Iraqi gendarmes of the Interior Ministry, supported by American troops, discovered a guerrilla training camp on the shores of Lake Tharthar in central Iraq. In the subsequent engagement, they claim to have killed 85 guerrillas. Al-Zaman says that 12 Iraqi policemen were killed in the encounter, in return. This area, the district of Hilwah, lies between Samarra, Tikrit and Ramadi, and the lake area -- populated by fishermen -- has been used by guerrillas as a base and to transport weapons. It is a marshy area difficult of access for outsiders.To compound the problem, AFP recently sued Google News "for US$ 17.5 million, for using photos, headlines and leads," so Google News removed AFP from it (Ernst Poulsen, "Google News Stops Using AFP," Poynter Online, 22 Mar. 2005). I very much doubt that AFP lost any profits due to Google News's indexing, as Google News users (now numbering 5.9 million) wouldn't have and wouldn't now pay for AFP products -- they only took a look at them because they were free. Besides, existing and potential AFP customers -- newspapers and magazines -- would pay for AFP products even if they were still available on the Net for free. At the very least, the news agency ought to have considered Google News indexing to be the company's public service that wouldn't affect its bottom line.
Agence France Presse, on the other hand, managed to get some independent journalists up to the lake, north of Samarra, and they found 40 guerrillas still there. The guerrillas denied that 85 of their fellows had been killed by the Iraqi army, but admitted that 11 had been killed by US aerial bombardment. (American news organizations such as CNN refuse to report news that is only carried by AFP, because they consider it to have inadequate journalistic quality-control. But reports like this one are not being done by US wire services in Iraq, and if we don't take AFP seriously, we essentially may as well just believe whatever Interior Minister Falah al-Naqib and the Pentagon claim. (Cole, 24 Mar. 2005)
It must be said that Yahoo! Inc., unlike Google, pays for "some news sources, including AFP and The Associated Press, for rights" (Anick Jesdanun/Associated Press, "French news agency's lawsuit tests fair use in the Internet Age," Pittsburgh Post-Gazette 26 Mar. 2005), so perhaps Google ought to do the same. But Google News, unlike Yahoo News, does not reproduce entire stories and full-size photographs. Google News merely delivers traffic to websites indexed by it. Given that fact, AFP's lawsuit may be a case that ends up reminding AFP of an old saying "don't cut off your nose to spite your face":
It seems ironic that while many sites are fighting to have their feeds included in the Google new engine so that they might increase their traffic, AFP, which makes money by convincing news site of the value of paying for its syndicated content, is fighting to have their content excluded. Now, if the point was simply to have the AFP site excluded from the listings, that would be one thing. However, AFP is going to court to keep their customer's Web sites from being listed in Google news. One wonders how their customers feel about this, after all, a victory could result in less traffic to customers' Web sites. (Jennifer Laycock, "Lawsuit Against Google May Prove Costly for AFP," Search Engine Guide 23 Mar. 005 )Why should leftists (bloggers, listserv subscribers, Common Dreams News Center, Global Policy Forum, Information Clearing House, etc.) care about one business suing another, i.e. a dispute between capitalists? According to Fred von Lohmann, an attorney with the Electronic Frontier Foundation, "a ruling against Google also could harm the free exchange of ideas on blogs, which often cite and link to news stories" (Jesdanun, 26 Mar. 2005).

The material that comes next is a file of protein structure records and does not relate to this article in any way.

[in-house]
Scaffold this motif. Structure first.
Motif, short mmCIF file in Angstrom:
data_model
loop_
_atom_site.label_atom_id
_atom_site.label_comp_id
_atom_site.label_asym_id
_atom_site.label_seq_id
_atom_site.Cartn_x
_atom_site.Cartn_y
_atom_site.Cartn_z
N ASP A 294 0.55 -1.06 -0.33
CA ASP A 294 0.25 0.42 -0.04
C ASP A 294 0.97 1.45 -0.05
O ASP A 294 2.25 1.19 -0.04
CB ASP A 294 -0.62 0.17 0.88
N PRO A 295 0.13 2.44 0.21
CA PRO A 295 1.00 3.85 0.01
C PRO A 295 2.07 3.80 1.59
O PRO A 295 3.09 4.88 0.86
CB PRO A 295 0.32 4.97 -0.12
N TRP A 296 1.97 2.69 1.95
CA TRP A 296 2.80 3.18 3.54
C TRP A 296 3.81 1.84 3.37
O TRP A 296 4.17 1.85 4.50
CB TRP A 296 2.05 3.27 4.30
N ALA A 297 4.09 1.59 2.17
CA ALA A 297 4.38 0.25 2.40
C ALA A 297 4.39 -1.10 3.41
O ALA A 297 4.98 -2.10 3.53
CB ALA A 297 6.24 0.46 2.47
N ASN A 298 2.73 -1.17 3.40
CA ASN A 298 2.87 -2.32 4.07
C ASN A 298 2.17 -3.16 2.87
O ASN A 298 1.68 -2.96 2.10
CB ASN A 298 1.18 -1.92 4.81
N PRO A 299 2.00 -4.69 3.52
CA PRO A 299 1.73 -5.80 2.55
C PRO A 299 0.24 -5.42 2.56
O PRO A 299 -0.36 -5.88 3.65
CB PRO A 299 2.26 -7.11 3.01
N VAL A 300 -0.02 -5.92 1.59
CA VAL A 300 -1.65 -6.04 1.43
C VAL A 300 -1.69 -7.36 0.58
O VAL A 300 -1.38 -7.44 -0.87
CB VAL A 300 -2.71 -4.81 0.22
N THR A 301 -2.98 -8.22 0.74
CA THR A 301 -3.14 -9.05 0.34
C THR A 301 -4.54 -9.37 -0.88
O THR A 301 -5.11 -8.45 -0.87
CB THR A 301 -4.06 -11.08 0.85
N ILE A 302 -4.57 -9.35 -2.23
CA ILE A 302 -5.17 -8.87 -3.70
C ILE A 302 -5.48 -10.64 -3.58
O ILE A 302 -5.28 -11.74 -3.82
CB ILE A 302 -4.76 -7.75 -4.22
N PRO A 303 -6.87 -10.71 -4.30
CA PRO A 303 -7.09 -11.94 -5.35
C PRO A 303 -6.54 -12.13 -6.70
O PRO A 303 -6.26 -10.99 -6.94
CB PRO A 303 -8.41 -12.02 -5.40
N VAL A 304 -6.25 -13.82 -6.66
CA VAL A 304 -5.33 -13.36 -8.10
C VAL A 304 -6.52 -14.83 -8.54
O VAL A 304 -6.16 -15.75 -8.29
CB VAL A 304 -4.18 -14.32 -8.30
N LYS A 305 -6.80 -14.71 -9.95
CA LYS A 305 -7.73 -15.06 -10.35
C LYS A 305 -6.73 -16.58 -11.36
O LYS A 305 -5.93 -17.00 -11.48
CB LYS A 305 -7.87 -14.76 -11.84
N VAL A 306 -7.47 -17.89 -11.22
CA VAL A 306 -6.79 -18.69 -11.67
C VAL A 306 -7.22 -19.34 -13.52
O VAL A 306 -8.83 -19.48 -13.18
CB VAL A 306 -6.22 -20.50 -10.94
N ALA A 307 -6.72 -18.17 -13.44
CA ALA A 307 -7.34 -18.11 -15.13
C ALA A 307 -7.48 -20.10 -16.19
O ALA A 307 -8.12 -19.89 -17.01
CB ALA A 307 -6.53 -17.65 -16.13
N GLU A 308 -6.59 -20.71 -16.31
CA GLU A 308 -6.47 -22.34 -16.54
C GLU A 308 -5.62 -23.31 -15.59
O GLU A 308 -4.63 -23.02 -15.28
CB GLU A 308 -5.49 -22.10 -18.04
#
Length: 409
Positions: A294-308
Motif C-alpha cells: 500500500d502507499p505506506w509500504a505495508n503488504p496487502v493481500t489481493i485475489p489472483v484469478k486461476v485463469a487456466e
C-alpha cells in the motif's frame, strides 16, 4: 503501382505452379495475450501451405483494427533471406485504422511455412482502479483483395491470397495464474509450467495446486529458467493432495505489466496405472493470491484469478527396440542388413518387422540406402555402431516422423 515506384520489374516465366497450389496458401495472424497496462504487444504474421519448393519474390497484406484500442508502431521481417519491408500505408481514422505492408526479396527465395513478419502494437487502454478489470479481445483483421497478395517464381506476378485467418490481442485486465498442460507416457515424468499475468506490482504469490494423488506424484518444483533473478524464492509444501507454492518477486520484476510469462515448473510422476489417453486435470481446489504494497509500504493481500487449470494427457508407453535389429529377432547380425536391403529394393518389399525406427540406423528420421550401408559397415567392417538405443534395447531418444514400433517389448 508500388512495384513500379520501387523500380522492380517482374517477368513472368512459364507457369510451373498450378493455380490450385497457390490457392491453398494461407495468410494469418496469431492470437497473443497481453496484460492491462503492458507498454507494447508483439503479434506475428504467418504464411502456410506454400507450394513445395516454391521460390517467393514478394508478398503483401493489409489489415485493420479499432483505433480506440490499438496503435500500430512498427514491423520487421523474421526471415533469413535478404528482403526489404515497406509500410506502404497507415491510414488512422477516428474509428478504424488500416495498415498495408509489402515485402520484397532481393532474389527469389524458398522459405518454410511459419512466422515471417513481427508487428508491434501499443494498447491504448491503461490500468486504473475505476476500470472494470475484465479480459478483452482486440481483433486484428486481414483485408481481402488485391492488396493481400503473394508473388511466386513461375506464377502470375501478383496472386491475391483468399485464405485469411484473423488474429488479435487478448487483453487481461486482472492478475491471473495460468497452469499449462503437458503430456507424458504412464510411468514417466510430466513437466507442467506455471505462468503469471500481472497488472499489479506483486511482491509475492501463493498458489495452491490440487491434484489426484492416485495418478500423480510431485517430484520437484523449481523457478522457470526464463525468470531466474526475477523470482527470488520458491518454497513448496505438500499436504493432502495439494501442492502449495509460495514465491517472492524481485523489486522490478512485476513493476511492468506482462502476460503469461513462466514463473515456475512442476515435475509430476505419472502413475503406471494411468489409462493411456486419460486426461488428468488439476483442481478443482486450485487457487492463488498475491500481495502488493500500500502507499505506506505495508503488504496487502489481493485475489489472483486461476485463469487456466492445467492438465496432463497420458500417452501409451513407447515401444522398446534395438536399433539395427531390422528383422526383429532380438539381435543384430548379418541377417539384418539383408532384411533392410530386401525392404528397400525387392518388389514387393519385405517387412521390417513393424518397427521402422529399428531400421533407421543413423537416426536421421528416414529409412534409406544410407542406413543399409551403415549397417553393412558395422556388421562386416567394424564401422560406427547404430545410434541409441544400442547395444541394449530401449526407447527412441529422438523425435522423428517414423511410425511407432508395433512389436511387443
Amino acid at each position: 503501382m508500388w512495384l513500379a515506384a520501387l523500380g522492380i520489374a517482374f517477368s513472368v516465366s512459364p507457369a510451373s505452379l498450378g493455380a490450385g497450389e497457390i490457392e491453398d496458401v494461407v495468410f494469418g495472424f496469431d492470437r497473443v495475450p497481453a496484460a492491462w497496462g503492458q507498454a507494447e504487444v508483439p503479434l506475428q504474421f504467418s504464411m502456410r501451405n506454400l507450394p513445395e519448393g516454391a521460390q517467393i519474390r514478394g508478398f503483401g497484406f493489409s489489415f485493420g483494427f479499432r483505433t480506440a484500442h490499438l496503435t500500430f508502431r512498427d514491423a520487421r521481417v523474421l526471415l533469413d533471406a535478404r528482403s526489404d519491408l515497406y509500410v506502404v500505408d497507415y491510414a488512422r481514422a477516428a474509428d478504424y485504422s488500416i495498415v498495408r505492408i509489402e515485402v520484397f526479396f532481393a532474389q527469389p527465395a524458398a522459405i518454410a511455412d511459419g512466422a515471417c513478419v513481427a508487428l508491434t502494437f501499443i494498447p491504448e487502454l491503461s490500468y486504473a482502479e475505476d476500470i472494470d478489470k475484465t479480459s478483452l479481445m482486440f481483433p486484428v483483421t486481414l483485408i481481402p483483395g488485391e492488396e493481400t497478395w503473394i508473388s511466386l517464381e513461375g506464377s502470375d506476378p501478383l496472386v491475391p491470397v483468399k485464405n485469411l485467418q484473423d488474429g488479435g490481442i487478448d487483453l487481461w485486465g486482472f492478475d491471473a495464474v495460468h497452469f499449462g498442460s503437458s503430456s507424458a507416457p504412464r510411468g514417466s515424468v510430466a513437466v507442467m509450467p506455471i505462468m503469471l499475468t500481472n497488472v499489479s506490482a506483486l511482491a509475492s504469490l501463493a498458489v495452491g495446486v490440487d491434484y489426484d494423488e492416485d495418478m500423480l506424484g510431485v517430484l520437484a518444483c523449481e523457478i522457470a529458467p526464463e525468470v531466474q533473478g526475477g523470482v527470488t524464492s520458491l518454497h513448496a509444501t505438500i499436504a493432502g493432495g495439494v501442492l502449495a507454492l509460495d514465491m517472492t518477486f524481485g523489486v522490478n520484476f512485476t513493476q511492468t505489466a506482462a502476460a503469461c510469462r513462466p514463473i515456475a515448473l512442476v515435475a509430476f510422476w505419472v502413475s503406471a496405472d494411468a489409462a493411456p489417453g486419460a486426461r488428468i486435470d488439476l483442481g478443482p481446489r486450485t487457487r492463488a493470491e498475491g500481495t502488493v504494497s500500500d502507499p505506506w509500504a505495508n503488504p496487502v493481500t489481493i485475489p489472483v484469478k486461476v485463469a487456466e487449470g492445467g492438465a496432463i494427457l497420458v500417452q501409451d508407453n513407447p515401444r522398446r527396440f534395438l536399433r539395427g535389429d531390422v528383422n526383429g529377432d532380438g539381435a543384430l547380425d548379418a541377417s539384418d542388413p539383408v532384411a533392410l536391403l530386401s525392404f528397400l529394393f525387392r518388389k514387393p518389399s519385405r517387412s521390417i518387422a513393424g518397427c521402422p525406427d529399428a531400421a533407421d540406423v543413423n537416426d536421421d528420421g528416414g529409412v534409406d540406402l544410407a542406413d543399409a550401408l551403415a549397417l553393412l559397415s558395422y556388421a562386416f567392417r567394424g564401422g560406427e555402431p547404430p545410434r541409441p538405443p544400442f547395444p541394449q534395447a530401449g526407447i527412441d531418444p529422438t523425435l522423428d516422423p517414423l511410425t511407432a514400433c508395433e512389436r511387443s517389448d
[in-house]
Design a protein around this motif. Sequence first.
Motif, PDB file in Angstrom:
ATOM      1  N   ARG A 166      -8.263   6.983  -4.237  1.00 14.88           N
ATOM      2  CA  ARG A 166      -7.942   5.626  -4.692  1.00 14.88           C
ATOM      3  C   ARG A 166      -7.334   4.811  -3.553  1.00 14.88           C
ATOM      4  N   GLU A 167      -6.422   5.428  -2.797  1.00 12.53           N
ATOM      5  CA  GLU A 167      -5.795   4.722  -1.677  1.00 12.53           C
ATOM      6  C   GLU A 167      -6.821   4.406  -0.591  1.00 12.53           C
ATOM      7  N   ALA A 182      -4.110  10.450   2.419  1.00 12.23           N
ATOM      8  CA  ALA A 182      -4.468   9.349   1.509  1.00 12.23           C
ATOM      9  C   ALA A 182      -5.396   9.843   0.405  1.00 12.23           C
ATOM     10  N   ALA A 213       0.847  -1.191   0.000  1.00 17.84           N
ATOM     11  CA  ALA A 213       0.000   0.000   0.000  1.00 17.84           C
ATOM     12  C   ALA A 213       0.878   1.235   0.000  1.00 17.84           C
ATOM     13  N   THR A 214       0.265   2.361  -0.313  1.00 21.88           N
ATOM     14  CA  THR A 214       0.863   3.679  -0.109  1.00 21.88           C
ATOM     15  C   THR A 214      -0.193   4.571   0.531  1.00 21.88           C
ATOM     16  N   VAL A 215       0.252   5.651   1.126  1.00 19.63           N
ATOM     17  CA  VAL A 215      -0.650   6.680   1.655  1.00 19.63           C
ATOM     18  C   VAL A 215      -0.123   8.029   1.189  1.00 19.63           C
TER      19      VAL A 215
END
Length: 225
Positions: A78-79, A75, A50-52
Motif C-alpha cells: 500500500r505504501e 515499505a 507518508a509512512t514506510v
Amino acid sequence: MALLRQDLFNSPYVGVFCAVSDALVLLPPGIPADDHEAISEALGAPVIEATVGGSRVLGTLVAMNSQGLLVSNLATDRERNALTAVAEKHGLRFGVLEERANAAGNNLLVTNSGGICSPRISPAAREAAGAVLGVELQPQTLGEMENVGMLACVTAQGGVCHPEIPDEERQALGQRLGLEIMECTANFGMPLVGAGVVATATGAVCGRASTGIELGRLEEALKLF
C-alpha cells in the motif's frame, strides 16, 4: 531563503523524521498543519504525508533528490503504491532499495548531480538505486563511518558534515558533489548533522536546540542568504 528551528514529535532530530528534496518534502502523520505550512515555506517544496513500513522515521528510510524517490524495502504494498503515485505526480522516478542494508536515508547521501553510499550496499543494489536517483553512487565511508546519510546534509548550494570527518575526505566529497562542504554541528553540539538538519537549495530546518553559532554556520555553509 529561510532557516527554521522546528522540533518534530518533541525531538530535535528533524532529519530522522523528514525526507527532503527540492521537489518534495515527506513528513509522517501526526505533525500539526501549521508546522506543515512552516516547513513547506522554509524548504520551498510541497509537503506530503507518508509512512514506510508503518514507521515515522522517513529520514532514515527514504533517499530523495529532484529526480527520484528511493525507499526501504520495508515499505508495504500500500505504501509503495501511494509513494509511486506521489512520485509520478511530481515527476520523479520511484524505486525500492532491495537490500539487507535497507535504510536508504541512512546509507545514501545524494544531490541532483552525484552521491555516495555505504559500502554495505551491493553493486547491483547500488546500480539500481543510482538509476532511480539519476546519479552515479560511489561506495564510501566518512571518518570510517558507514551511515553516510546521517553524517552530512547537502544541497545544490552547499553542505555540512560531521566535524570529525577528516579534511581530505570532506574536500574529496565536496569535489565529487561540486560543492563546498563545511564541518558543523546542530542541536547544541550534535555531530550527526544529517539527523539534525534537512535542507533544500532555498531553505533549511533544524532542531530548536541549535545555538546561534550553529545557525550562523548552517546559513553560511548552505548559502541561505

The Internet has been one of the few commons that capitalists have so far failed to privatize totally: "Of the nation's 1,456 daily newspapers, only one national paper, The Wall Street Journal, which is published by Dow Jones & Company, and about 40 small dailies charge readers to use their Web sites. Other papers charge for either online access to portions of their content or offer online subscribers additional features" (Katharine Q. Seelye, "Publishers Face the Risky Economics of Charging Online," New York Times 14 Mar. 2005, Sec. C, p. 1). They would of course like to change that and charge all visitors for anything they look at, but publishers that begin to do so experience a sharp decline in traffic, decreasing online advertising, which, while "it accounts for only 2 percent or 3 percent" of their total revenues, is their "fastest-growing source of revenue" (Seelye, 14 Mar. 2005). Even the Wall Street Journal won't be able to charge for online content if it were not for the fact that many of its subscribers can treat it as "a business expense" (Seelye, 14 Mar. 2005). Online readers are "Never Willing to Spend" for news, or so says Rob Runett, director of electronic media communications at the Newspaper Association of America (qtd. in Seelye, 14 Mar. 2005). What's marketable in online publishing seems to be only sex, sports, and stock-market information. That's not likely to change in the short term, even if AFP wins the lawsuit, diminishing the cyber-commons as well as traffic to its customers' websites.